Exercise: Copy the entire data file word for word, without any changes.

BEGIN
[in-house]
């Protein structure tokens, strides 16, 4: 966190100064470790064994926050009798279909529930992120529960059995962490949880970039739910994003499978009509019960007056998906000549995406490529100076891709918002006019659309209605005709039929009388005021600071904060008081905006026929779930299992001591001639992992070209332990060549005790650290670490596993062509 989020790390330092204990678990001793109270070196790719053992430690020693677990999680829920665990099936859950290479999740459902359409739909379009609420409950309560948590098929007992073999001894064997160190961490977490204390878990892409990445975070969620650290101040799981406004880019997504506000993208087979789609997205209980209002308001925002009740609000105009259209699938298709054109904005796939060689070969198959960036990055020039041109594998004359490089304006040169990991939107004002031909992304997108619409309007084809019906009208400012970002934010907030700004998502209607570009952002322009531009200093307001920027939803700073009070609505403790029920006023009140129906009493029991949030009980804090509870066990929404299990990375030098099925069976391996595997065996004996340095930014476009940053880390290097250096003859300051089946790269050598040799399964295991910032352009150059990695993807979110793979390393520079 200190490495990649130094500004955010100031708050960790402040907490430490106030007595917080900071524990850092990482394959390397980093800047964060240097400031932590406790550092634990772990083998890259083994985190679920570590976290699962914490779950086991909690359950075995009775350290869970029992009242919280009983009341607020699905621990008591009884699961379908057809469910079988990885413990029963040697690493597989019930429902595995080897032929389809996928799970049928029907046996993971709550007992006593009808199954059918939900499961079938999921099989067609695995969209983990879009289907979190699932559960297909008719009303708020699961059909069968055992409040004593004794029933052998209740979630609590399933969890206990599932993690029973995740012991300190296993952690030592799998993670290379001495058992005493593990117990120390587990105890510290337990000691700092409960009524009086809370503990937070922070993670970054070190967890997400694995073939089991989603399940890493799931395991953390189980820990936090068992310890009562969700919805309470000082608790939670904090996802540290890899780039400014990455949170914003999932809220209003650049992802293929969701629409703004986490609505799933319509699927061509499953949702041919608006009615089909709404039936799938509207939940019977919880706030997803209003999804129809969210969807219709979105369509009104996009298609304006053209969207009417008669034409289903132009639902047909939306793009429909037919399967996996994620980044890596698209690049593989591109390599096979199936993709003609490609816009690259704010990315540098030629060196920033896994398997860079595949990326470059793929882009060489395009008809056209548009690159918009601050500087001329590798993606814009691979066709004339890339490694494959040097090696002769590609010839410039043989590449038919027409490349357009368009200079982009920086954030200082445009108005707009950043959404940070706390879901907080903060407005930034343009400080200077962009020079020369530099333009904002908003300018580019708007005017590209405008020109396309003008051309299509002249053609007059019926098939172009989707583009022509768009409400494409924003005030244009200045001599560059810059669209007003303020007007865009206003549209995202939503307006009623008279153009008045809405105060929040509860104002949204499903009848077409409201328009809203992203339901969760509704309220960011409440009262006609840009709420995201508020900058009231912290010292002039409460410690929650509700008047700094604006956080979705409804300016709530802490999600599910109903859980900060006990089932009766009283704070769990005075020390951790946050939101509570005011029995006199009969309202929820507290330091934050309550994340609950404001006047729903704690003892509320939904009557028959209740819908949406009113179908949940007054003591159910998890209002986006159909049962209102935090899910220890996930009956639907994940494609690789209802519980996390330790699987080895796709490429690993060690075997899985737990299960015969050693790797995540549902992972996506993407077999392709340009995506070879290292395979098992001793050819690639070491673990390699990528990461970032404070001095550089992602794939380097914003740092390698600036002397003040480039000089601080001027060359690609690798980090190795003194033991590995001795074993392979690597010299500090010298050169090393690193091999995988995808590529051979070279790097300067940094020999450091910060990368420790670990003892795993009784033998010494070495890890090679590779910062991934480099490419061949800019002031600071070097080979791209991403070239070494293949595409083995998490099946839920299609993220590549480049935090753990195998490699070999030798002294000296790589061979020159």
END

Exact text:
[in-house]
């Protein structure tokens, strides 16, 4: 966190100064470790064994926050009798279909529930992120529960059995962490949880970039739910994003499978009509019960007056998906000549995406490529100076891709918002006019659309209605005709039929009388005021600071904060008081905006026929779930299992001591001639992992070209332990060549005790650290670490596993062509 989020790390330092204990678990001793109270070196790719053992430690020693677990999680829920665990099936859950290479999740459902359409739909379009609420409950309560948590098929007992073999001894064997160190961490977490204390878990892409990445975070969620650290101040799981406004880019997504506000993208087979789609997205209980209002308001925002009740609000105009259209699938298709054109904005796939060689070969198959960036990055020039041109594998004359490089304006040169990991939107004002031909992304997108619409309007084809019906009208400012970002934010907030700004998502209607570009952002322009531009200093307001920027939803700073009070609505403790029920006023009140129906009493029991949030009980804090509870066990929404299990990375030098099925069976391996595997065996004996340095930014476009940053880390290097250096003859300051089946790269050598040799399964295991910032352009150059990695993807979110793979390393520079 200190490495990649130094500004955010100031708050960790402040907490430490106030007595917080900071524990850092990482394959390397980093800047964060240097400031932590406790550092634990772990083998890259083994985190679920570590976290699962914490779950086991909690359950075995009775350290869970029992009242919280009983009341607020699905621990008591009884699961379908057809469910079988990885413990029963040697690493597989019930429902595995080897032929389809996928799970049928029907046996993971709550007992006593009808199954059918939900499961079938999921099989067609695995969209983990879009289907979190699932559960297909008719009303708020699961059909069968055992409040004593004794029933052998209740979630609590399933969890206990599932993690029973995740012991300190296993952690030592799998993670290379001495058992005493593990117990120390587990105890510290337990000691700092409960009524009086809370503990937070922070993670970054070190967890997400694995073939089991989603399940890493799931395991953390189980820990936090068992310890009562969700919805309470000082608790939670904090996802540290890899780039400014990455949170914003999932809220209003650049992802293929969701629409703004986490609505799933319509699927061509499953949702041919608006009615089909709404039936799938509207939940019977919880706030997803209003999804129809969210969807219709979105369509009104996009298609304006053209969207009417008669034409289903132009639902047909939306793009429909037919399967996996994620980044890596698209690049593989591109390599096979199936993709003609490609816009690259704010990315540098030629060196920033896994398997860079595949990326470059793929882009060489395009008809056209548009690159918009601050500087001329590798993606814009691979066709004339890339490694494959040097090696002769590609010839410039043989590449038919027409490349357009368009200079982009920086954030200082445009108005707009950043959404940070706390879901907080903060407005930034343009400080200077962009020079020369530099333009904002908003300018580019708007005017590209405008020109396309003008051309299509002249053609007059019926098939172009989707583009022509768009409400494409924003005030244009200045001599560059810059669209007003303020007007865009206003549209995202939503307006009623008279153009008045809405105060929040509860104002949204499903009848077409409201328009809203992203339901969760509704309220960011409440009262006609840009709420995201508020900058009231912290010292002039409460410690929650509700008047700094604006956080979705409804300016709530802490999600599910109903859980900060006990089932009766009283704070769990005075020390951790946050939101509570005011029995006199009969309202929820507290330091934050309550994340609950404001006047729903704690003892509320939904009557028959209740819908949406009113179908949940007054003591159910998890209002986006159909049962209102935090899910220890996930009956639907994940494609690789209802519980996390330790699987080895796709490429690993060690075997899985737990299960015969050693790797995540549902992972996506993407077999392709340009995506070879290292395979098992001793050819690639070491673990390699990528990461970032404070001095550089992602794939380097914003740092390698600036002397003040480039000089601080001027060359690609690798980090190795003194033991590995001795074993392979690597010299500090010298050169090393690193091999995988995808590529051979070279790097300067940094020999450091910060990368420790670990003892795993009784033998010494070495890890090679590779910062991934480099490419061949800019002031600071070097080979791209991403070239070494293949595409083995998490099946839920299609993220590549480049935090753990195998490699070999030798002294000296790589061979020159």